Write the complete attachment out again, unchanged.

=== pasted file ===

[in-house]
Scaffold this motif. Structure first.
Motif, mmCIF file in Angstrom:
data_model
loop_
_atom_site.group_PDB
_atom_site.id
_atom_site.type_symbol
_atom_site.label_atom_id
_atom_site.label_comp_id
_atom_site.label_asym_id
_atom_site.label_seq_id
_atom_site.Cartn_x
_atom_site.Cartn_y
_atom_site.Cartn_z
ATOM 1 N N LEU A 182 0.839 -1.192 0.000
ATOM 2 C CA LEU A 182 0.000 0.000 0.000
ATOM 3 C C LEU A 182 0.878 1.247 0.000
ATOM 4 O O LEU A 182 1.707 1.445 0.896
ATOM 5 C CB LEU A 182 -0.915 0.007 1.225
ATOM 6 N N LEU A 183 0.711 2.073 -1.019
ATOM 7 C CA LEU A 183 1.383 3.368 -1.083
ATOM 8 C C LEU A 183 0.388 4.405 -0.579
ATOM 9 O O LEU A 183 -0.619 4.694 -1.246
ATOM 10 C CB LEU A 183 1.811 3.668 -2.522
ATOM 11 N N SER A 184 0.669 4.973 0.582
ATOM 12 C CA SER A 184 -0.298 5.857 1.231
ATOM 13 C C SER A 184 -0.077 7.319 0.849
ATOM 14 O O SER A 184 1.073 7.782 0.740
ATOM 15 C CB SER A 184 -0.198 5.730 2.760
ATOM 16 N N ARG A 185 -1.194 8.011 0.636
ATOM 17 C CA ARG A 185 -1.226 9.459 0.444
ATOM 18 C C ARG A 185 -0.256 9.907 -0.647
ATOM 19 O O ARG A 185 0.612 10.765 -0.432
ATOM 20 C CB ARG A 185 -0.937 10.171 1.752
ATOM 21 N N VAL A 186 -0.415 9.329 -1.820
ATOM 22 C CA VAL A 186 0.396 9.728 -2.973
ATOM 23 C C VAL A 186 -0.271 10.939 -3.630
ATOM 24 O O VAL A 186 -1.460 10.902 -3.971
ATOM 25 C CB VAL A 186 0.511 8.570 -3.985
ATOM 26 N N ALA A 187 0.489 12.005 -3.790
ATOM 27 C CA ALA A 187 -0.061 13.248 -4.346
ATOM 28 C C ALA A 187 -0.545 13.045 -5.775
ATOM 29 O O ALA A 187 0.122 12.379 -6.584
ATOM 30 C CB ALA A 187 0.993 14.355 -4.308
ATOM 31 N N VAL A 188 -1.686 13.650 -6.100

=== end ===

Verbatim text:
[in-house]
Scaffold this motif. Structure first.
Motif, mmCIF file in Angstrom:
data_model
loop_
_atom_site.group_PDB
_atom_site.id
_atom_site.type_symbol
_atom_site.label_atom_id
_atom_site.label_comp_id
_atom_site.label_asym_id
_atom_site.label_seq_id
_atom_site.Cartn_x
_atom_site.Cartn_y
_atom_site.Cartn_z
ATOM 1 N N LEU A 182 0.839 -1.192 0.000
ATOM 2 C CA LEU A 182 0.000 0.000 0.000
ATOM 3 C C LEU A 182 0.878 1.247 0.000
ATOM 4 O O LEU A 182 1.707 1.445 0.896
ATOM 5 C CB LEU A 182 -0.915 0.007 1.225
ATOM 6 N N LEU A 183 0.711 2.073 -1.019
ATOM 7 C CA LEU A 183 1.383 3.368 -1.083
ATOM 8 C C LEU A 183 0.388 4.405 -0.579
ATOM 9 O O LEU A 183 -0.619 4.694 -1.246
ATOM 10 C CB LEU A 183 1.811 3.668 -2.522
ATOM 11 N N SER A 184 0.669 4.973 0.582
ATOM 12 C CA SER A 184 -0.298 5.857 1.231
ATOM 13 C C SER A 184 -0.077 7.319 0.849
ATOM 14 O O SER A 184 1.073 7.782 0.740
ATOM 15 C CB SER A 184 -0.198 5.730 2.760
ATOM 16 N N ARG A 185 -1.194 8.011 0.636
ATOM 17 C CA ARG A 185 -1.226 9.459 0.444
ATOM 18 C C ARG A 185 -0.256 9.907 -0.647
ATOM 19 O O ARG A 185 0.612 10.765 -0.432
ATOM 20 C CB ARG A 185 -0.937 10.171 1.752
ATOM 21 N N VAL A 186 -0.415 9.329 -1.820
ATOM 22 C CA VAL A 186 0.396 9.728 -2.973
ATOM 23 C C VAL A 186 -0.271 10.939 -3.630
ATOM 24 O O VAL A 186 -1.460 10.902 -3.971
ATOM 25 C CB VAL A 186 0.511 8.570 -3.985
ATOM 26 N N ALA A 187 0.489 12.005 -3.790
ATOM 27 C CA ALA A 187 -0.061 13.248 -4.346
ATOM 28 C C ALA A 187 -0.545 13.045 -5.775
ATOM 29 O O ALA A 187 0.122 12.379 -6.584
ATOM 30 C CB ALA A 187 0.993 14.355 -4.308
ATOM 31 N N VAL A 188 -1.686 13.650 -6.100